Dina Tanners
Dec 15, 2016 rated it it was amazing  ·  review of another edition
This was an amazing book and I found it very difficult to put town.

Maria Toorpakai was the middle child of a Pakistani tribal family. Her parents were both "misfits" within their families so their were paired together to marry. Her mother wanted to have a college education, something very rare for women, and her father felt that his sons and daughters should be treated equally. At age 4, Maria burned her dresses and cut her hair. After that her father gave her his older son's clothes to wear and
...more
Gurmeet Kaur
Jul 23, 2018 rated it it was amazing  ·  review of another edition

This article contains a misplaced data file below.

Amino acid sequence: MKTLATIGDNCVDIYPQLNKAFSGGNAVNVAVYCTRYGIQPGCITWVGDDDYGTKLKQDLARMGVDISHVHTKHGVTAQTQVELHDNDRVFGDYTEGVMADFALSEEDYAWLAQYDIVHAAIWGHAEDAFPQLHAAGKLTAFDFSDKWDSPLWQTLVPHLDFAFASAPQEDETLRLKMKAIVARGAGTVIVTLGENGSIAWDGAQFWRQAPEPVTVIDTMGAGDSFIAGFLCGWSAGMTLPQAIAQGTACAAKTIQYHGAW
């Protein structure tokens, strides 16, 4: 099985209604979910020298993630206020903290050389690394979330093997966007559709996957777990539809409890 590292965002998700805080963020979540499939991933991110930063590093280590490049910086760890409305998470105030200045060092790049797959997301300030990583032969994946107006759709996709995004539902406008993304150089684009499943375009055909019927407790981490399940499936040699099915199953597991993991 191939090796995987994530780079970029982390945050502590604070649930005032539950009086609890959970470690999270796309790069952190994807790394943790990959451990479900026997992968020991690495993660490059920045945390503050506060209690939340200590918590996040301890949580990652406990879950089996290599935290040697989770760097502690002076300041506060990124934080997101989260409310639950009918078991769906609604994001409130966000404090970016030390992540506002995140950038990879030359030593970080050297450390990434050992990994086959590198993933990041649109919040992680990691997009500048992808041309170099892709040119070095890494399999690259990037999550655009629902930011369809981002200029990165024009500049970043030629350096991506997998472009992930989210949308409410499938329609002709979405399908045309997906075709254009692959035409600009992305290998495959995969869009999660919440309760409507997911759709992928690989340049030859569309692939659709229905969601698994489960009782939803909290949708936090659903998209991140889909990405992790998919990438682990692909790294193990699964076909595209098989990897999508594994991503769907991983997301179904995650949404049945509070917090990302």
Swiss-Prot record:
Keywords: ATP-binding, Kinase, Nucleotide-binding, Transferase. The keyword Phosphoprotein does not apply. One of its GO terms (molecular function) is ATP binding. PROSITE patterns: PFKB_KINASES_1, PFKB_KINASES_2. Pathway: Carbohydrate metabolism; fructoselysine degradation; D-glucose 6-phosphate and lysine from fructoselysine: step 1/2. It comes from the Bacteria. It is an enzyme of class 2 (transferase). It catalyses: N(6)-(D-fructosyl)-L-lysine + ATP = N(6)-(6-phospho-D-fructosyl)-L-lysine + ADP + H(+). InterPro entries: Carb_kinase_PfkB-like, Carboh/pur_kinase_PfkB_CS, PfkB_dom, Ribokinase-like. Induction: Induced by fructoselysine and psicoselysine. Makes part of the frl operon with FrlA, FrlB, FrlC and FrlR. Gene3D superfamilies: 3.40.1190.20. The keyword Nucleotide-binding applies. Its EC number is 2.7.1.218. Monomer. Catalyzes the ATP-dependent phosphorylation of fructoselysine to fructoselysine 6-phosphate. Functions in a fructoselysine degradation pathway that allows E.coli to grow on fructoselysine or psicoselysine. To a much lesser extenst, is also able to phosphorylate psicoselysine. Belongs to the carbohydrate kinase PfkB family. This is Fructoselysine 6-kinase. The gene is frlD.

Book : *A different kind of a daughter*
Author : Maria Toorpakai (shadow author Katherine Holstein)
Review : *It was written* this quote from the book truly explains what the book was. The extraordinary story of a young rebellious girl from the Taliban belt of Pakistan growing from the shadows of present day stone age to reach for the stars without dreaming about it. With only one thought in her head "she wanted to be free and equal"
I would suggest everyone to read this book because if you haven't
...more
Heather Jackson
Everyone should read this book. Seriously. The world would be a better place.

WHAT I LIKED
I'm not even sure where to start. I gave it 5 stars, so basically it's one of the best books I've ever read. Recently I read THE UNDERGROUND GIRLS OF KABUL, which is also a very good book, and I was kind of expecting this story to be a little bit like that. It wasn't. I got my ignorance slapped. Though neighbours, Pakistan is not like Afghanistan. I learned so much from this book, even though it never lectu
...more